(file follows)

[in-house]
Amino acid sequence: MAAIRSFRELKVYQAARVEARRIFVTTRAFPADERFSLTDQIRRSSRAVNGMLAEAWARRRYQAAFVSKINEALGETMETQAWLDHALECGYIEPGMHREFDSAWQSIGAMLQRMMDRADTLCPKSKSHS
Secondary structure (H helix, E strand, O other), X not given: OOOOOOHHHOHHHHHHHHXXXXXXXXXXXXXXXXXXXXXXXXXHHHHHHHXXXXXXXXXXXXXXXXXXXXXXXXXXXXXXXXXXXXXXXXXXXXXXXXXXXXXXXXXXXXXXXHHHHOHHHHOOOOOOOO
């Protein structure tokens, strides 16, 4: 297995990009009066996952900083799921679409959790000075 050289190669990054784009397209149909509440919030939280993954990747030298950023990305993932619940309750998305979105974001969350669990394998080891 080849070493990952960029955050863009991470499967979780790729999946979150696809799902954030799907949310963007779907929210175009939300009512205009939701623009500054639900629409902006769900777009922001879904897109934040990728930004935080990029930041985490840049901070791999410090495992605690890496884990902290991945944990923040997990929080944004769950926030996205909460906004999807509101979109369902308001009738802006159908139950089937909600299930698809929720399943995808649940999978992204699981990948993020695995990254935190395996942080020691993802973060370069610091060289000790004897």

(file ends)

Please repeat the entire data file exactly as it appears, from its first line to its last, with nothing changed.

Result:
[in-house]
Amino acid sequence: MAAIRSFRELKVYQAARVEARRIFVTTRAFPADERFSLTDQIRRSSRAVNGMLAEAWARRRYQAAFVSKINEALGETMETQAWLDHALECGYIEPGMHREFDSAWQSIGAMLQRMMDRADTLCPKSKSHS
Secondary structure (H helix, E strand, O other), X not given: OOOOOOHHHOHHHHHHHHXXXXXXXXXXXXXXXXXXXXXXXXXHHHHHHHXXXXXXXXXXXXXXXXXXXXXXXXXXXXXXXXXXXXXXXXXXXXXXXXXXXXXXXXXXXXXXXHHHHOHHHHOOOOOOOO
């Protein structure tokens, strides 16, 4: 297995990009009066996952900083799921679409959790000075 050289190669990054784009397209149909509440919030939280993954990747030298950023990305993932619940309750998305979105974001969350669990394998080891 080849070493990952960029955050863009991470499967979780790729999946979150696809799902954030799907949310963007779907929210175009939300009512205009939701623009500054639900629409902006769900777009922001879904897109934040990728930004935080990029930041985490840049901070791999410090495992605690890496884990902290991945944990923040997990929080944004769950926030996205909460906004999807509101979109369902308001009738802006159908139950089937909600299930698809929720399943995808649940999978992204699981990948993020695995990254935190395996942080020691993802973060370069610091060289000790004897």